The petitioner was taken into custody under Section 493 IPC, “Cohabitation caused by a man deceitfully inducing a belief of lawful marriage”, section 376, “Punishment for rape”, section 341, “Punishment for wrongful restraint”, section 323, “Punishment for voluntarily causing hurt”, section 504, “Intentional insult with intent to provoke breach of the peace”, section 506, “Punishment for criminal intimidation”, section 34 IPC, “Acts done by several persons in furtherance of common intention”. This present petitioner is in connection with Paroo PS Case No. 287 of 2015 dated 17.12.2015.
In the high court of Judicature at Patna, this judgment was given by honorable Mr. Justice Ahsanuddin Amanullah on the 16th of August 2021 in the case of Vijay Kumar Yadav versus the state of Bihar criminal miscellaneous No.33901 of 2020, Mr. Ajay Kumar Singh Represented as the advocate for the petitioner and Ms. Renu Kumari represented the state of Bihar as the additional Public Prosecutor, Mr. Priyesh Kumar represented as the advocate for the informant, the proceedings of the court were held via video conference.
The following are the facts of the case, the petitioner married the informant on 6th April 2014 in a temple, and lived with his wife in a rented place, the petitioner later evanesced as he went for the army training while he kept the informant in a room at Muzaffarpur. When the petitioner returned he kept the informant at a hotel at Hajipur and again went for army training elsewhere and the informant became pregnant. The allegations against the petitioner are that he kept his wife at a hotel and called her from time to time to his house where she was assaulted by the accused persons and was also driven out and threatened. The petitioner used to send her maintenance money but later stopped giving her money and would not yield to communication.
The counsel representing the petitioner held that since the petitioner was occupied training in the army and that was the reason for the frequent change in places due to the change in his postings and the allegations against him were falsely implicated. Further, the counsel held that the petitioner is willing to keep the informant and the child with full dignity, honor, and security.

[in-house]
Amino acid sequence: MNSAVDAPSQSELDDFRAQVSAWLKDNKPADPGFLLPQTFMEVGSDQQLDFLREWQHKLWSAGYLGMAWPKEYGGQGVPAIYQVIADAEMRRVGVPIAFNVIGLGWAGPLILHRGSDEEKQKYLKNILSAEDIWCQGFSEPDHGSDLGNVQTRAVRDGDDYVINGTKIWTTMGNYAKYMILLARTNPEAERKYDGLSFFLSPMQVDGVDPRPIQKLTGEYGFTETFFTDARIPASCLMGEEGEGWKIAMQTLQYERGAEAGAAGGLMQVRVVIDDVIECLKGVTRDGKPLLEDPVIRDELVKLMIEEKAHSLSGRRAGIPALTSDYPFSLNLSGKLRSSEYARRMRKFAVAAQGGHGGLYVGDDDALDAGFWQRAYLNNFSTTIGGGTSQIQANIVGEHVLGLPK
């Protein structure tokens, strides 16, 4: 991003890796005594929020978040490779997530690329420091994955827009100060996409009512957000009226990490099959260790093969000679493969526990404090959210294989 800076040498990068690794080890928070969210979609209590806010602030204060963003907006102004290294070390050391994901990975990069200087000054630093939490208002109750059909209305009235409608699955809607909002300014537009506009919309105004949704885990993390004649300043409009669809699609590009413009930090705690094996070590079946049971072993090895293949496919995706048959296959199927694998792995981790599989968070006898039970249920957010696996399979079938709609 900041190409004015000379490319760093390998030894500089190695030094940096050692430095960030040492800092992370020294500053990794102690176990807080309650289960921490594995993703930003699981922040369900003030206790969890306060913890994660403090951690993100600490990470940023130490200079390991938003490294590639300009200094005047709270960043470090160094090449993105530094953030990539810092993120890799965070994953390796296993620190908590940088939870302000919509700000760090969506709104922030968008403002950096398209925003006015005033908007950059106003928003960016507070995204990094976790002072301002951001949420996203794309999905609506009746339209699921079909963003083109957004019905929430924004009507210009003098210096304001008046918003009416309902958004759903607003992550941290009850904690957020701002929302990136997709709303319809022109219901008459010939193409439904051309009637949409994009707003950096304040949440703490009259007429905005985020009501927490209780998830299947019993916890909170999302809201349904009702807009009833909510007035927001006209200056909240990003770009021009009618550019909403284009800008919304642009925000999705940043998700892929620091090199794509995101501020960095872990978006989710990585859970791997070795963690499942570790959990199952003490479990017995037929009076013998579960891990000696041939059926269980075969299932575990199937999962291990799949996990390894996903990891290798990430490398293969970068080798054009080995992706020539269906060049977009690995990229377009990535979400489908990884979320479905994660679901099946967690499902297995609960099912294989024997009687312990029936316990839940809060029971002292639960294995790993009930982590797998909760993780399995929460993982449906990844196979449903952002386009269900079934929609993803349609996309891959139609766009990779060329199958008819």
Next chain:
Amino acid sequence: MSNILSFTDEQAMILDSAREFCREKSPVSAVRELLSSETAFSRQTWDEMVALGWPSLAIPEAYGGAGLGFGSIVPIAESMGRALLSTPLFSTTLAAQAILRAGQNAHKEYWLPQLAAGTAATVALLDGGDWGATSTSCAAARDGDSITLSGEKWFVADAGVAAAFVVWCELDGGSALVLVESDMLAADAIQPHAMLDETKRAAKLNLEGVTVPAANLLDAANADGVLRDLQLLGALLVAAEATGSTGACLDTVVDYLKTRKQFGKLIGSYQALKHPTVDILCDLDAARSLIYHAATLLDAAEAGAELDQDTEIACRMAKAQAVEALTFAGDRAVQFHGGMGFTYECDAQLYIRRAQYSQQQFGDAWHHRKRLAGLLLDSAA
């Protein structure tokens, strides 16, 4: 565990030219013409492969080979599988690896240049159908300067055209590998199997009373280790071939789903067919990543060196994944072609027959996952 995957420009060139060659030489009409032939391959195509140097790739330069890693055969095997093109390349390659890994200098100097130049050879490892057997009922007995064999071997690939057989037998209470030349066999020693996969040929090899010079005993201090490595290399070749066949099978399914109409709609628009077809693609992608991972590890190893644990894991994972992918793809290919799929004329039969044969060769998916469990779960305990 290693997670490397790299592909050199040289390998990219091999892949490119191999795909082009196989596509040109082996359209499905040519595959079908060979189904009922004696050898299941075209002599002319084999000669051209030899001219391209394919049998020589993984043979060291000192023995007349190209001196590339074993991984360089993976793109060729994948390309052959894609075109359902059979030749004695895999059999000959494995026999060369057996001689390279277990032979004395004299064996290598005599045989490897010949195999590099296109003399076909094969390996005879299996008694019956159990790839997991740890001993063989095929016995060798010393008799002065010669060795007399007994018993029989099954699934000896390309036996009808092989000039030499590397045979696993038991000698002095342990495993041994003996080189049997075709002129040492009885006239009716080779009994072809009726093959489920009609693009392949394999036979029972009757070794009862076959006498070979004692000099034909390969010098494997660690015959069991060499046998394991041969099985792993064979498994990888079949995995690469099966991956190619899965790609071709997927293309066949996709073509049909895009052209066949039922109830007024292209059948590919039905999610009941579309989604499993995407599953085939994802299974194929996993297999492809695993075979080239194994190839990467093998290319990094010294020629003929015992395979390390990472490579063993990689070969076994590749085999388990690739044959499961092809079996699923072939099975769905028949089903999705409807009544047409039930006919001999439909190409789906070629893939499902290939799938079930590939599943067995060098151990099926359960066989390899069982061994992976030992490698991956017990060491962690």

However, the informant made a statement in her counter-affidavit stating that the petitioner had married another girl, and the Senior Superintendent of Police, Muzaffarpur submitted a legible photocopy of the entire case and a report regarding the petitioner’s second marriage. The APP placed this report before the court and revealed after an investigation that the petitioner has had a second marriage and there is also a child born out of wedlock. However, the petitioner on stand claimed that these allegations were incorrect and he was framed on suspicion by the informant and remained silent.
The counsel for the informant held that even the informant is blessed with a baby, the petitioner used to send her money, and since he has stopped sending money the informant is currently facing financial instability and is unable to manage herself and her child after being deserted by the petitioner.
The court concluded that “the Court finds that from the conduct of the petitioner and the materials which have come during the investigation as well as the report from the Senior Superintendent of Police, Muzaffarpur, the conduct of the petitioner does not inspire confidence. The fact of having performed marriage with the opposite party no. 2 has been found correct as also the birth of a child from her and thereafter again the petitioner having married speaks volumes. Further, learned counsel for the petitioner has not denied that after sending money to the opposite party no. 2 for herself and the child, the petitioner has stopped doing so. The Court finds his stand that he is ready to keep the opposite party no. 2 with him to be a hollow one as there cannot be two wives living in the same household and further the legality of marriage of the petitioner with the other lady is under question. Thus, taking an overall view in the matter, the Court is not inclined to grant pre-arrest bail to the petitioner.”